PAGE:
Many girls in the modern day notice the same things as Sohee. In the Solvay Conference of 1927, a gathering of “the greatest scientific minds of the day,” only one out of the 29 featured scientists was female. To be sure, the disparity between men and women in the workforce has decreased extensively. However, according to an Organization for Economic Cooperation and Development (OECD) survey of its 20 member states, almost four times as many boys were expected to be employed in computing and engineering than girls on average. Additional surveys by the Program for International Student Assessment (PISA) showed that these results were not due to a lack of ability. Rather in a majority of countries, the number of 15-year-old girls at the top percentiles of PISA mathematics and science tests with knowledge application type questions either matched or outnumbered that of boys. If these numbers speak the truth, then why are girls discouraged to pursue careers in math and science?
First of all, girls do not feel comfortable “intruding” into a profession that is widely dominated by males. According the Science Daily Journal, Stanford University psychologist Mary Murphy explained that women are less likely to participate in science and engineering because women are a minority in these settings, and both men and women prefer a gender-balanced academic setting where ideas of both parties are more openly accepted.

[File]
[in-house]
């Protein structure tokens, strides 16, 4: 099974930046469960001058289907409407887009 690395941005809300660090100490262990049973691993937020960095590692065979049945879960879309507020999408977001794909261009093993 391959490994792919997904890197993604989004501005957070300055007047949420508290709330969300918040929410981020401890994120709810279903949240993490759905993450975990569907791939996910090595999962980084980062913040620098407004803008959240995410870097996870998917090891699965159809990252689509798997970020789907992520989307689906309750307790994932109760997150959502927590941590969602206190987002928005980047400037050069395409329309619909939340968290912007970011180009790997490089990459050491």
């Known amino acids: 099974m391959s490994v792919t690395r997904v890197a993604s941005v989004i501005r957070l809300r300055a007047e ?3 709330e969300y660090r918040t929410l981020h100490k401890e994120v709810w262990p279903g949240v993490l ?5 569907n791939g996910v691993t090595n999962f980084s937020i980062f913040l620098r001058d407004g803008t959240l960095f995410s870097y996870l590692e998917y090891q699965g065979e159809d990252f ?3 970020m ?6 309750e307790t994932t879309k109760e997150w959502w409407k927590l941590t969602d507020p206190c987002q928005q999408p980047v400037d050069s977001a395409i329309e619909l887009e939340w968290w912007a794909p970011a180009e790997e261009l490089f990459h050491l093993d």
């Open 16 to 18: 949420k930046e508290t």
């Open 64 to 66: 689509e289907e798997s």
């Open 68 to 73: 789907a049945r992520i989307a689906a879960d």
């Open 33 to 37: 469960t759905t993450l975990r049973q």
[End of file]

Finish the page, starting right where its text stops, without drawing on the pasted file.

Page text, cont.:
“Most of my classes have had a balanced number of girls and boys in them since, in freshmen year, we don’t have many choices on what to take,” Sunhee Bae (9) said. “However, I am already worried about what courses to take next year because I have to think of both whether the subject would fit me and whether I would fit the subject. When I learn ‘softer’ subjects like art and humanities, there tends to be more girls so I feel more comfortable. Around guys, I can’t be myself and I feel pressured to prove myself.”